red admiral butterfly
Photo: freepik

UK Butterfly Populations Soar to Highest Level Since 2019, Red Admiral Witnesses Notable Surge

The Butterfly Conservation wildlife charity has announced a heartening resurgence in the UK’s butterfly population, reaching its highest level since 2019. A recent study, conducted between July 14 and August 6, revealed an impressive count of over 1.5 million butterflies and day-flying moths. Among them, the red admiral emerged as the most frequently sighted butterfly across the UK, with an astounding 248,077 observations. However, long-term trends suggest that several species have experienced significant declines since the initial count commenced 13 years ago.

Dr. Zoe Randle, representing the Butterfly Conservation, underscored the importance of butterflies as indicators of a healthy environment. She highlighted that this year’s mixed weather conditions have been beneficial to these insects. Despite a combination of rainy and hot days, lush vegetation has flourished, providing ample food sources for caterpillars. Particularly noteworthy is the red admiral, which exhibited a remarkable 338% increase compared to the previous year’s count. This species, traditionally found on the Mediterranean coast or in North Africa, appears to be adapting well to the changing climate in the UK.

The research heavily relied on data collected by volunteers across the country, who diligently tracked butterfly abundance and the distribution of various species. Dr. Randle commended the heightened public engagement this year, expressing delight at the increased participation and the number of counts conducted throughout all UK regions. The wetter weather in 2023 appears to have had a positive impact on butterfly populations, with an average of 12 butterflies recorded per count, as opposed to the nine counted during the dry and hot periods of 2022.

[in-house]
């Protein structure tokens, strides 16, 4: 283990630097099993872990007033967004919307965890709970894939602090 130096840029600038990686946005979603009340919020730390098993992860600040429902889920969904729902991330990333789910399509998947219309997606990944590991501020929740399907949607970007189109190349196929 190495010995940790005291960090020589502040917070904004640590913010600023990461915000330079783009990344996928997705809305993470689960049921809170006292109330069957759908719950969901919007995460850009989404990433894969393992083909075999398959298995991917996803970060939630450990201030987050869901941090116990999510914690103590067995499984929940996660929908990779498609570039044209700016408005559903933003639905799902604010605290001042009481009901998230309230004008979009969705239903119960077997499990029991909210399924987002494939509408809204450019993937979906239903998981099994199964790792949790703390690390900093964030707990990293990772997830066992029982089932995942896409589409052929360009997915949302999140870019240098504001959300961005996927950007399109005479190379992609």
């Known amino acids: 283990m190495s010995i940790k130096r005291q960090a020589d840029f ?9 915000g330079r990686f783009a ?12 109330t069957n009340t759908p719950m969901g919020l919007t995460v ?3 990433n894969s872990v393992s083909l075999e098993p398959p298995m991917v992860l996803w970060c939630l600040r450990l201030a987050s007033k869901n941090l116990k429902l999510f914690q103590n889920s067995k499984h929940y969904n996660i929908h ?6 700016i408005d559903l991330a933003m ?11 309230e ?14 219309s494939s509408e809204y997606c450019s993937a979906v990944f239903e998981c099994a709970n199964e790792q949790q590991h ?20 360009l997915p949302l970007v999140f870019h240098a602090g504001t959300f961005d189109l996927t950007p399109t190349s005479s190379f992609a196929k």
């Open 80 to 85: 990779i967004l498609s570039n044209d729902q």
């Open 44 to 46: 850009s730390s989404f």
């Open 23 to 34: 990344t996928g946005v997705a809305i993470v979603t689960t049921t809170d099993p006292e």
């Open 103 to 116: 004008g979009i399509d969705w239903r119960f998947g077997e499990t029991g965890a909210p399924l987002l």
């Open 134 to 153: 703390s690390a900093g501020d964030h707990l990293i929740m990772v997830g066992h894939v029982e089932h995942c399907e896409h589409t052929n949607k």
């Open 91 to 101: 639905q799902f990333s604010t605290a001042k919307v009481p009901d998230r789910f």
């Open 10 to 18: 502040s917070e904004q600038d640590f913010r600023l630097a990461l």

According to the Big Butterfly Count, the second most commonly observed species following the red admiral was the gatekeeper, with 222,896 sightings, reflecting a 12% increase from the previous year. However, long-term data paints a different picture, revealing a 28% decline in gatekeeper populations since 2010. White butterflies, notably large whites and small whites ranked third and fourth, with sightings of 216,666 and 190,506, respectively. These figures represent an 11% and 15% increase compared to the previous year.

While several species experienced positive growth, others, such as the ringlet, common blue, and speckled wood, have witnessed declines since last year and over the long term. Dr. Richard Fox, the head of science at Butterfly Conservation, stressed that habitat loss remains a critical threat to butterfly populations. Creating suitable habitats for butterflies, where they can find sustenance, reproduce, and seek shelter, is pivotal to their survival and flourishing.

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